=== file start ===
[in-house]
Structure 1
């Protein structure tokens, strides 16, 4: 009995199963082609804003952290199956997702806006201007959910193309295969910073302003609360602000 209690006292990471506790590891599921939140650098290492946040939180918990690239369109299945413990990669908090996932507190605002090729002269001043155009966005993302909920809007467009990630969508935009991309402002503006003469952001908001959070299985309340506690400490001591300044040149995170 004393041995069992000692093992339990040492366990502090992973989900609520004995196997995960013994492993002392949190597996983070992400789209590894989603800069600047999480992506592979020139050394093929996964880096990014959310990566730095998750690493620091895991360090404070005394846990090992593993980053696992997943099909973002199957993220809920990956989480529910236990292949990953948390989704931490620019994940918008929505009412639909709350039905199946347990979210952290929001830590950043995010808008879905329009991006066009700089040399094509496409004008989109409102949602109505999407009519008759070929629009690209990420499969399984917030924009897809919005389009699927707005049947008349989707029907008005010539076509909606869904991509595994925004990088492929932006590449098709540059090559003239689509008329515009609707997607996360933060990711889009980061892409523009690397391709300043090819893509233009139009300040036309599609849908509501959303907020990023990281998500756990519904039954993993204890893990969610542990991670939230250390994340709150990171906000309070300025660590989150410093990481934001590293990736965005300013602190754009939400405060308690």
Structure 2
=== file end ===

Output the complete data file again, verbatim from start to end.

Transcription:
[in-house]
Structure 1
């Protein structure tokens, strides 16, 4: 009995199963082609804003952290199956997702806006201007959910193309295969910073302003609360602000 209690006292990471506790590891599921939140650098290492946040939180918990690239369109299945413990990669908090996932507190605002090729002269001043155009966005993302909920809007467009990630969508935009991309402002503006003469952001908001959070299985309340506690400490001591300044040149995170 004393041995069992000692093992339990040492366990502090992973989900609520004995196997995960013994492993002392949190597996983070992400789209590894989603800069600047999480992506592979020139050394093929996964880096990014959310990566730095998750690493620091895991360090404070005394846990090992593993980053696992997943099909973002199957993220809920990956989480529910236990292949990953948390989704931490620019994940918008929505009412639909709350039905199946347990979210952290929001830590950043995010808008879905329009991006066009700089040399094509496409004008989109409102949602109505999407009519008759070929629009690209990420499969399984917030924009897809919005389009699927707005049947008349989707029907008005010539076509909606869904991509595994925004990088492929932006590449098709540059090559003239689509008329515009609707997607996360933060990711889009980061892409523009690397391709300043090819893509233009139009300040036309599609849908509501959303907020990023990281998500756990519904039954993993204890893990969610542990991670939230250390994340709150990171906000309070300025660590989150410093990481934001590293990736965005300013602190754009939400405060308690």
Structure 2